Mediterranean Diet With or Without Low Meat Intake May Improve Heart Health
The Mediterranean diet is characterized by high amounts of vegetables, legumes, cereals, fish, fruits and nuts, healthy mono-saturated fats such as olive oil, low amounts of saturated fats, moderate alcohol intake, and low intake of meat and dairy products. However, a recent study suggests that following the Mediterranean diet even without reducing red meat intake has a positive effect on heart health, if the red meat is lean and unprocessed.
Participants in the study included 41 people, 28 of whom were women and 13 of whom were men. The study included three five-week phases. For the first phase, participants consumed a Mediterranean-style eating pattern containing three ounces per day of lean, unprocessed beef or pork. For the second phase, they returned to their regular eating pattern. And for the third phase, they consumed a Mediterranean-style eating pattern with less red meat, three ounces twice weekly.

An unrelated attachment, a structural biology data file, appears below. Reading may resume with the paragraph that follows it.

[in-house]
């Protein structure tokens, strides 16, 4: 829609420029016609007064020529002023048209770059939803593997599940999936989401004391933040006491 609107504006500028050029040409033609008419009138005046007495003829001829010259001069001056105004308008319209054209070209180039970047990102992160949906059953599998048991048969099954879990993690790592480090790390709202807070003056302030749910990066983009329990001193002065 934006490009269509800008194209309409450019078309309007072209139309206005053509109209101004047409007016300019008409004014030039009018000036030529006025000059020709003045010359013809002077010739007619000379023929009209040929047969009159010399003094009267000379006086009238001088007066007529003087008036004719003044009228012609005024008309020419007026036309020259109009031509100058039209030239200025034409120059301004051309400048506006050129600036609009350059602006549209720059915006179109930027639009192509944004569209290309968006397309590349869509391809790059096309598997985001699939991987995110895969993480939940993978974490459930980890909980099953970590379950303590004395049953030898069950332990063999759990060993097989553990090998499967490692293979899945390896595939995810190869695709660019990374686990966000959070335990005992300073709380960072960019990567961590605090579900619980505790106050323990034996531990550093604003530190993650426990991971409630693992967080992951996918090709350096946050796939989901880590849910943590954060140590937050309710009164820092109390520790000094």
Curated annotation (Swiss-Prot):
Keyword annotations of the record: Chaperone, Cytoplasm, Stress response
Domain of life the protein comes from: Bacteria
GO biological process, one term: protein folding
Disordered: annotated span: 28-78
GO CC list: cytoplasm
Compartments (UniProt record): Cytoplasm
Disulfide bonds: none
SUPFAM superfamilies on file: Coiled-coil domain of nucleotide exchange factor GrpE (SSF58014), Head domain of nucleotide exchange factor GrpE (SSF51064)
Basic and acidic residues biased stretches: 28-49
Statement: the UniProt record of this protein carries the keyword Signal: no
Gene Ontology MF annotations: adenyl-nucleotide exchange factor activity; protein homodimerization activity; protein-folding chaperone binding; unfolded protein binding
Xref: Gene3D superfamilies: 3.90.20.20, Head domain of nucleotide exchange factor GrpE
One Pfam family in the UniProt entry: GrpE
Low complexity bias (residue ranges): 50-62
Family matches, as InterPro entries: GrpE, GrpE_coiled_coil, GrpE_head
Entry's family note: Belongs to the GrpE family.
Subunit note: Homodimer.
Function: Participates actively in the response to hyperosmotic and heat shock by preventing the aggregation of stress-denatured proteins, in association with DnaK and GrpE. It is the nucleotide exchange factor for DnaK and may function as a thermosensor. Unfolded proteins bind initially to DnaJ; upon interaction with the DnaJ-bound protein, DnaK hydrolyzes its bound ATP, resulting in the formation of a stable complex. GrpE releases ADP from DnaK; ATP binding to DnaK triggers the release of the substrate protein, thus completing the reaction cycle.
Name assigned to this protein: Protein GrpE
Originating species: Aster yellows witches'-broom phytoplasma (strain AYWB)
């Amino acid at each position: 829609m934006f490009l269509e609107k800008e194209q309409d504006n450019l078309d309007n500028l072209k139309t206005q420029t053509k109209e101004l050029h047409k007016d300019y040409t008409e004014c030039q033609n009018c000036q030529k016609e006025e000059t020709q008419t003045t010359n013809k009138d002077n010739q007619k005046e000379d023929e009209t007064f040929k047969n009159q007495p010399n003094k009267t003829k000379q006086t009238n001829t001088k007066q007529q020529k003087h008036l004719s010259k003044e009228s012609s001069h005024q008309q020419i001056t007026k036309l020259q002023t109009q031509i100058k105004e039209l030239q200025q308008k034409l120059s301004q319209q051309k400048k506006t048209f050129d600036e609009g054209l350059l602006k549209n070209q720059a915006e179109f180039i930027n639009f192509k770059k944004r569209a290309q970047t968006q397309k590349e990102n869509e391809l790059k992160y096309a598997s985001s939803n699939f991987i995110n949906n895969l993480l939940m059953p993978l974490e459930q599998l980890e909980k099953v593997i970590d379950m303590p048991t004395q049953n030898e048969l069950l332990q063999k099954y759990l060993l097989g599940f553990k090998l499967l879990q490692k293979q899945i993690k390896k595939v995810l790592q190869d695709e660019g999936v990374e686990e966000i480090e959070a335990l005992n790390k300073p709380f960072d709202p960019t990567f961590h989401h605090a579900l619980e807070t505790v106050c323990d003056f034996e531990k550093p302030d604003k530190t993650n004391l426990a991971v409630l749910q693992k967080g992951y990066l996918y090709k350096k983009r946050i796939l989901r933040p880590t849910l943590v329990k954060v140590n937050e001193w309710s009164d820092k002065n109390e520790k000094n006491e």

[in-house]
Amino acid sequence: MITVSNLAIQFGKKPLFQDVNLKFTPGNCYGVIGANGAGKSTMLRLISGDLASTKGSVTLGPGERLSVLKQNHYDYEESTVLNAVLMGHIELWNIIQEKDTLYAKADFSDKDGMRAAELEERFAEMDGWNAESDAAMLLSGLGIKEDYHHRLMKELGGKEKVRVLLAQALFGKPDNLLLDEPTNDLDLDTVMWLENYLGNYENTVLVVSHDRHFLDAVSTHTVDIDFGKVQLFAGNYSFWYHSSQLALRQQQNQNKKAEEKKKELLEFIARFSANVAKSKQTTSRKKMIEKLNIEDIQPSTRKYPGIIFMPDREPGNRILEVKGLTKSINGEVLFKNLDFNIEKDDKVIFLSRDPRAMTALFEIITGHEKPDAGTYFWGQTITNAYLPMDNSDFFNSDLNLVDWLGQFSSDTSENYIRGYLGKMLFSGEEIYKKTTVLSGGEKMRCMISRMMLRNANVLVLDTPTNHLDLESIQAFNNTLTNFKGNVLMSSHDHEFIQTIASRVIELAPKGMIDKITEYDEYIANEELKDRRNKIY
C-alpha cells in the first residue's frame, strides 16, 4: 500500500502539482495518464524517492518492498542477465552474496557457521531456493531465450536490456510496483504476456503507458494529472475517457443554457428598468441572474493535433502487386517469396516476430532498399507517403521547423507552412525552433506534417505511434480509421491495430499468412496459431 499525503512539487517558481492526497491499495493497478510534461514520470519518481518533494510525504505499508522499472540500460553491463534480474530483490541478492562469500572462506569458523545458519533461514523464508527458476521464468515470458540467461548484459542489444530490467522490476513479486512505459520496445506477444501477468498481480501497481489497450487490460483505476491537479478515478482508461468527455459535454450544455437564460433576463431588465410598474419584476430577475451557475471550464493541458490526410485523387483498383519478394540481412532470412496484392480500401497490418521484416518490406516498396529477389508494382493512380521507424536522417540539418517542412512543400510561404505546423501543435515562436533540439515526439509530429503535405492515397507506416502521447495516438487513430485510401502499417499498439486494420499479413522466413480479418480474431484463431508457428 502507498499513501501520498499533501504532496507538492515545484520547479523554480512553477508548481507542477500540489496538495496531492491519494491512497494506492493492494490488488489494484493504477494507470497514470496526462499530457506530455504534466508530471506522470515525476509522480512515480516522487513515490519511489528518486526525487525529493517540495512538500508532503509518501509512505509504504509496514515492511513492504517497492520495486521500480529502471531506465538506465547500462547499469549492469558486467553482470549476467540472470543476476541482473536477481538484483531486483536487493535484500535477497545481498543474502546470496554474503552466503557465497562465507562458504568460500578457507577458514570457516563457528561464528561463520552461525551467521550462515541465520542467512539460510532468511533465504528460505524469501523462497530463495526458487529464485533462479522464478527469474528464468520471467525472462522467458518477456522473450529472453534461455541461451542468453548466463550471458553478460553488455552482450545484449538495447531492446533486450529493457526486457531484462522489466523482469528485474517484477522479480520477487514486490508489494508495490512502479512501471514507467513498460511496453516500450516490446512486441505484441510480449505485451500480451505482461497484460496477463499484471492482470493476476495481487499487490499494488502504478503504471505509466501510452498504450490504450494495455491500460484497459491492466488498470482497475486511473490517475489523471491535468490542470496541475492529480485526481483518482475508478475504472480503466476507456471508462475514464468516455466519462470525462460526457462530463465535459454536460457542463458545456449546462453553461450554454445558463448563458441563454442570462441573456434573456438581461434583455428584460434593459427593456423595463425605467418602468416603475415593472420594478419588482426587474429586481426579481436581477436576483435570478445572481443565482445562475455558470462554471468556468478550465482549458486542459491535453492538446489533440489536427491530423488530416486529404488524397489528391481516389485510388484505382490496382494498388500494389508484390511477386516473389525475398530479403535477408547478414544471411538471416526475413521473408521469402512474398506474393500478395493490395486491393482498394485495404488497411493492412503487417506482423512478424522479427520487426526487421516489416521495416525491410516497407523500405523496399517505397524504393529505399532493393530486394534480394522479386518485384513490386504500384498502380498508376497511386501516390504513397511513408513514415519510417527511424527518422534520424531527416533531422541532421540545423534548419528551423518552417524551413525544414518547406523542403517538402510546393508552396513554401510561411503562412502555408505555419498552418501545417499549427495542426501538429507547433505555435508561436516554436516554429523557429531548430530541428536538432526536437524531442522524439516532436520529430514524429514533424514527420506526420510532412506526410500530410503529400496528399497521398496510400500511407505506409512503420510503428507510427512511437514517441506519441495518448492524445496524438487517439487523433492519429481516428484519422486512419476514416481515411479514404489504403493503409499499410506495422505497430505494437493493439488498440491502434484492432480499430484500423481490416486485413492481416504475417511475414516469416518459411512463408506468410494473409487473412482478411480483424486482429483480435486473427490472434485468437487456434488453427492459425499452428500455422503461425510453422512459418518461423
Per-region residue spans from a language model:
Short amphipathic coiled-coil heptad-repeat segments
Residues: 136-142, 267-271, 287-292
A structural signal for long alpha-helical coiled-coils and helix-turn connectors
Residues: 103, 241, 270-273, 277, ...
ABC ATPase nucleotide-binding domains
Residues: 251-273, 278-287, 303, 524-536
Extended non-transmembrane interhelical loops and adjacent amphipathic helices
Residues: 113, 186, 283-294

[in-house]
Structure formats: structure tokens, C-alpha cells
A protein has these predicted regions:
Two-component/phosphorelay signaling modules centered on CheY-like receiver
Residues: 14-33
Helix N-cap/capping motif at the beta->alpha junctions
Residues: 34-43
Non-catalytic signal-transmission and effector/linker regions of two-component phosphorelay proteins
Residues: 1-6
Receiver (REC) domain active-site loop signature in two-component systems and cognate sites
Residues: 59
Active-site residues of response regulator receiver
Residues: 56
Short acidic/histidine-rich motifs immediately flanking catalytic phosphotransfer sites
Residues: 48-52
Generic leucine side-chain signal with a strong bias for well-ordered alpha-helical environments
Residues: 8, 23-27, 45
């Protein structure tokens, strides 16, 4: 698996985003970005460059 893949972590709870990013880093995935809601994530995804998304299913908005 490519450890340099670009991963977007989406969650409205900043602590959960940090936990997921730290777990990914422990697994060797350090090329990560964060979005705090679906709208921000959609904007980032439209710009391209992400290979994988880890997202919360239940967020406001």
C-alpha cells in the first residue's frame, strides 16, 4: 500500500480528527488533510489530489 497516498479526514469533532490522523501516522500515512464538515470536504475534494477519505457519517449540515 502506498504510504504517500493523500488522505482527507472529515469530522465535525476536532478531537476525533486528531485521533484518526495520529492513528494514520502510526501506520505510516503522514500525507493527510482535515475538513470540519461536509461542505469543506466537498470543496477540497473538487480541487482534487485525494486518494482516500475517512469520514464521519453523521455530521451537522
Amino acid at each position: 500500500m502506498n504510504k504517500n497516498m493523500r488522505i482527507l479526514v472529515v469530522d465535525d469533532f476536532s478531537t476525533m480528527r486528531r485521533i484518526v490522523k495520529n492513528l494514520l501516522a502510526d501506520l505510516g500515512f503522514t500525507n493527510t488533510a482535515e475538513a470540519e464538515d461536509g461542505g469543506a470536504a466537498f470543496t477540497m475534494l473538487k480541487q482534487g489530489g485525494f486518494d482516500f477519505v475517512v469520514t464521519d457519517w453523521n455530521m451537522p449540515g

The researchers found that heart health indicators improved with both diets. However, only the typical meat intake diet resulted in improvements in LDL (or “bad”) cholesterol.
Researchers from Purdue University led the study. It was published on June 13, 2018, in The American Journal of Clinical Nutrition.